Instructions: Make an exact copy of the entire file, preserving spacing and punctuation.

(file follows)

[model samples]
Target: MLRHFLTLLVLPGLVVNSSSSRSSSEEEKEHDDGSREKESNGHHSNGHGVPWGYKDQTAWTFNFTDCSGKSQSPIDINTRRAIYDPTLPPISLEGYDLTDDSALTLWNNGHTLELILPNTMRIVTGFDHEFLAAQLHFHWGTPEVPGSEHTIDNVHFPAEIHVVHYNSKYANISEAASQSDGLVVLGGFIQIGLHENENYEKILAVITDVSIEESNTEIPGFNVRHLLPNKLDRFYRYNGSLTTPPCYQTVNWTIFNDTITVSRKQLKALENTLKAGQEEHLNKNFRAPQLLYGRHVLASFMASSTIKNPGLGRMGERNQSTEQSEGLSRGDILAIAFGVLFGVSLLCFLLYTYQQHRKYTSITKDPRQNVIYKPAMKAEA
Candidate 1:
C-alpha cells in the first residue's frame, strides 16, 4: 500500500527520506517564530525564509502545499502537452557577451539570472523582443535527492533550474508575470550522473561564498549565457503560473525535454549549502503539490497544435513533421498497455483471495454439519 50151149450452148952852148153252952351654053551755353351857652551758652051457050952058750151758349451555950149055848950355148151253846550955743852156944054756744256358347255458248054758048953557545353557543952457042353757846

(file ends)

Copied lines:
[model samples]
Target: MLRHFLTLLVLPGLVVNSSSSRSSSEEEKEHDDGSREKESNGHHSNGHGVPWGYKDQTAWTFNFTDCSGKSQSPIDINTRRAIYDPTLPPISLEGYDLTDDSALTLWNNGHTLELILPNTMRIVTGFDHEFLAAQLHFHWGTPEVPGSEHTIDNVHFPAEIHVVHYNSKYANISEAASQSDGLVVLGGFIQIGLHENENYEKILAVITDVSIEESNTEIPGFNVRHLLPNKLDRFYRYNGSLTTPPCYQTVNWTIFNDTITVSRKQLKALENTLKAGQEEHLNKNFRAPQLLYGRHVLASFMASSTIKNPGLGRMGERNQSTEQSEGLSRGDILAIAFGVLFGVSLLCFLLYTYQQHRKYTSITKDPRQNVIYKPAMKAEA
Candidate 1:
C-alpha cells in the first residue's frame, strides 16, 4: 500500500527520506517564530525564509502545499502537452557577451539570472523582443535527492533550474508575470550522473561564498549565457503560473525535454549549502503539490497544435513533421498497455483471495454439519 50151149450452148952852148153252952351654053551755353351857652551758652051457050952058750151758349451555950149055848950355148151253846550955743852156944054756744256358347255458248054758048953557545353557543952457042353757846